Showtime USA, Vol. 1 - Everybody's Dancin' / Varieties on Parade
Showtime USA, Vol. 2 - Yes Sir, Mr. Bones! / Square Dance Jubilee
Showtime USA, Vol. 3 - Hollywood Varieties / Holiday Rhythm
Showtime USA, Vol. 4 - Kentucky Jubilee / The Kid from Gower Gulch
Attention, fans of vaudeville, minstrel shows and vintage musicals: Perk up your ears and put on your dancin' shoes as lost chapters from the big book of Live Entertainment history are re-opened in this one-of-a-kind classic compilation of feature films from the late 1940s to the and early '50s. Many of the most memorable vaudeville headliners preceding and including that era strut their stuff in these extravaganzas--the singers, dancers and acrobatic acts that got that generation's toes tappin' and funny bones ticklin'. Some performers are seen here in their ONLY on-camera appearances. For the true buffs, there is also rare home-movie footage of live vaudeville acts and a trio of expert historian commentators offering a high-energy crash course in the medium's history. Find yourself a front-row seat as the curtain once again rises on the fun-time of a lifetime! Chuy Reyes and His Rumba Band, Claude Casey, Cotton and Chick Watts, Cowboy Copas, Eddie Dean, George Arnold and the “Rhythm on Ice” Revue, Jerry Colonna, Les “Carrot Top” Anderson, Monette Moore, Nappy Lamare Dixieland Band, Pete Daily and His Chicagoans, Scatman Crothers, Shaw and Lee, Slim Andrews, The Sons of the Pioneers, Spade Cooley and His Band, Tex Ritter and the Cass County Boys, Broome Brothers, Chuy Reyes Mambo Band, Hoosier Hot Shots, Ike Carpenter Orchestra...and DOZENS MORE!
Everybody's Dancin' (1950, 65 min)
Dance hall owner Dick Lane, in desperate need of "name" attractions, is helped by country music legends who agree to star in a TV special at his emporium. Appearances by Spade Cooley, the Sons of the Pioneers (including Ken Curtis and Shug Fisher), outstanding vaudeville specialties and guest stars Roddy McDowall, Jimmy Ellison, Russell Hayden, etc., are the real draw.
Varieties on Parade (1951, 57 min)
It's vaudeville on film as the camera passes a box office and ticket taker, proceeds to a front-row seat, and watches as master of ceremonies. Jackie Coogan comes out on stage to introduce singers, dancers, acrobats, jugglers, cyclists--even a skit spoofing the silent film “The Kid” which made Coogan a famous child star!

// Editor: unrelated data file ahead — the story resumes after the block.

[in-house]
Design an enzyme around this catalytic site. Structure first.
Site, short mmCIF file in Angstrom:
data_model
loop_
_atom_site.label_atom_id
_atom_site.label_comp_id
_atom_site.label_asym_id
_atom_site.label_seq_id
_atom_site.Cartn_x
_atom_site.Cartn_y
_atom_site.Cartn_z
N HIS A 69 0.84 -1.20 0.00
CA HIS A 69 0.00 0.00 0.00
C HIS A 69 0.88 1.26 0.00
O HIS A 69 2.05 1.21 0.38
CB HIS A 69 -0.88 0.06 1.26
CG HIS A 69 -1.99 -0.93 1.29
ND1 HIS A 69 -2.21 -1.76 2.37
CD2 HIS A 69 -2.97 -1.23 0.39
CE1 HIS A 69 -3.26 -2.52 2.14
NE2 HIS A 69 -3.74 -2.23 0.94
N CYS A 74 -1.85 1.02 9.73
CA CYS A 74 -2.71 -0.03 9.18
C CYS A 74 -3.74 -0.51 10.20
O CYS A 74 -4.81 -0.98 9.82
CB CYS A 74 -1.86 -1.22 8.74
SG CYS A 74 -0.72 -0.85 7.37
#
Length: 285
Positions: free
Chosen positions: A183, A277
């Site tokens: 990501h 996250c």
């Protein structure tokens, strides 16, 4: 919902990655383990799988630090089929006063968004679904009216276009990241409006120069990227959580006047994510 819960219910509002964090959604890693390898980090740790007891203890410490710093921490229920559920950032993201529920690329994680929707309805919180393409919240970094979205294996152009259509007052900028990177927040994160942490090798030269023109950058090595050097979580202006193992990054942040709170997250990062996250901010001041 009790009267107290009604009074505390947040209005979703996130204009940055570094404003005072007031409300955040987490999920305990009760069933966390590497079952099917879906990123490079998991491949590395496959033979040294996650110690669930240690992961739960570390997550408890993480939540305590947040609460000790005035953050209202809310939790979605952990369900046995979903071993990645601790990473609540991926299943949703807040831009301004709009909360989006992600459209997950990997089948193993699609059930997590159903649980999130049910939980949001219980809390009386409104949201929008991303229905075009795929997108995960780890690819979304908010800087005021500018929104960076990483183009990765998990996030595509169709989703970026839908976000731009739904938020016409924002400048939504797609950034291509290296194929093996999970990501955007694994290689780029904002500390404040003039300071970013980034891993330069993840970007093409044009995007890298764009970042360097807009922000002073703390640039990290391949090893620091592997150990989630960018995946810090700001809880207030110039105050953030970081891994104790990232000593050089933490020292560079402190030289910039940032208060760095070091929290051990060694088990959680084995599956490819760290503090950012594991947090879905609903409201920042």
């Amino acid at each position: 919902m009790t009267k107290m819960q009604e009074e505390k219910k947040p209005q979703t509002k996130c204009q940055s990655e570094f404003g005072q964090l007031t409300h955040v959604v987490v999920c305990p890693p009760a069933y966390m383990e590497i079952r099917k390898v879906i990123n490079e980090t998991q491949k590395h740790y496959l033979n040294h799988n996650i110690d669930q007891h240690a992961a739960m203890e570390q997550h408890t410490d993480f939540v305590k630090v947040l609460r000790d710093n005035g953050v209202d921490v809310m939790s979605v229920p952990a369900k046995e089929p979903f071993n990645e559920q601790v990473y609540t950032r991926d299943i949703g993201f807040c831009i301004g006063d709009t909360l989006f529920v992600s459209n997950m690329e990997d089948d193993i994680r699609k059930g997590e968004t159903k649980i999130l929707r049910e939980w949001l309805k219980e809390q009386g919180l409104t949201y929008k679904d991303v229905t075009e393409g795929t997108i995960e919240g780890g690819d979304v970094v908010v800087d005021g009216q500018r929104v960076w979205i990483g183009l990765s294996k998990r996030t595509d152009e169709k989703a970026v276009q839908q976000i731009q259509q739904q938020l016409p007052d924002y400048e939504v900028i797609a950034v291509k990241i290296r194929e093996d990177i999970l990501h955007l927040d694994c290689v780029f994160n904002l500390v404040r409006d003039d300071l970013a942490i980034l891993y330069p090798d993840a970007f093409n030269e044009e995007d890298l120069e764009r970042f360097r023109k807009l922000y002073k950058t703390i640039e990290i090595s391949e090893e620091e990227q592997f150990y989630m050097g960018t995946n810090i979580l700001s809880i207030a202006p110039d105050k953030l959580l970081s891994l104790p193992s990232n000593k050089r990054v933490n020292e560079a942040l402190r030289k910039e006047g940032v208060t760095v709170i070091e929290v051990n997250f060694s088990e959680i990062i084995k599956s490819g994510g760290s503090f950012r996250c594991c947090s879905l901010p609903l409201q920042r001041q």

Yes Sir, Mr. Bones! (1951, 54 min)
A young boy wanders into a home for old minstrel men and wants to know more about them, cueing the oldsters to tell HIM (and the Lords of Flashback to show US) a performance from the days of riverboat shows. Songs (including "Is Your Rent Paid Up in Heaven?"), buck-and-wing and soft-shoe are all part of the nostalgic fun
Square Dance Jubilee (1949, 80 min)
New York television talent scouts (Don "Red" Barry and Wally Vernon) head west to look for musical talent for Spade Cooley's TV show and find plenty--and even help round up some cattle rustlers! With a whopping 25 songs, this one "stacks up as a strong entry in western music market...crackerjack exploitation potential"
Hollywood Varieties (1950, 60 min)
The advent of television brings back vaudeville, as emceed by Robert Alda (who also sings "Be There My Love"). Acts like the Hoosier Hot Shots, Sandy and His Seals, Hector and His Pals, The Four Dandies and Twirl, Whirl and a Girl resurrect that great entertainment medium of the past.
Holiday Rhythm (1950, 61 min)
It's the top-tappin' fun-time of a lifetime when singer-dancer David Street bumps his head and dreams that he's on a trip around the world, and seeing great variety acts at each port. A Dixieland band, a mambo orchestra, a "Rhythm on Ice" show and even comedians Sid Melton, Peter Marshall and Tommy Noonan are among the dream world talent.
Kentucky Jubilee (1951, 72 min)
A wild potpourri of hillbilly singers, dancers and specialty acts (including the Y-Knot Twirlers!); strung together by a crazy plot that involves a pop-eyed emcee (funnyman Jerry Colonna), a reporter (James Ellison), an actress (Jean Porter), a kidnapped movie director (Fritz Feld), a blackmailer and even an attempted bank robbery.
The Kid From Gower Gulch (1949, 68 min)
Spade Cooley plays a singing-western movie star who can neither sing nor ride, but a rancher believing that Spade is the real deal, bets 500 cattle that he can win a rodeo contest!
- Commentaries on Varieties on Parade, by film historians Richard Roberts, Brent Walker and Randy Skretvedt
- Short subjects: “Foto Facts: Part 1” (1947), Foto Facts #2 (1947), “Hold “em Cowboy” (1940s) & “Vaudeville Home Movies” (1948)
- Technicolor Featurette: “The Shortest Way Home” (1946) “Square Dance Jubilee”
- Behind the Scenes: The Kid From Gower Gulch
- Original Theatrical Trailers
- Deleted Scenes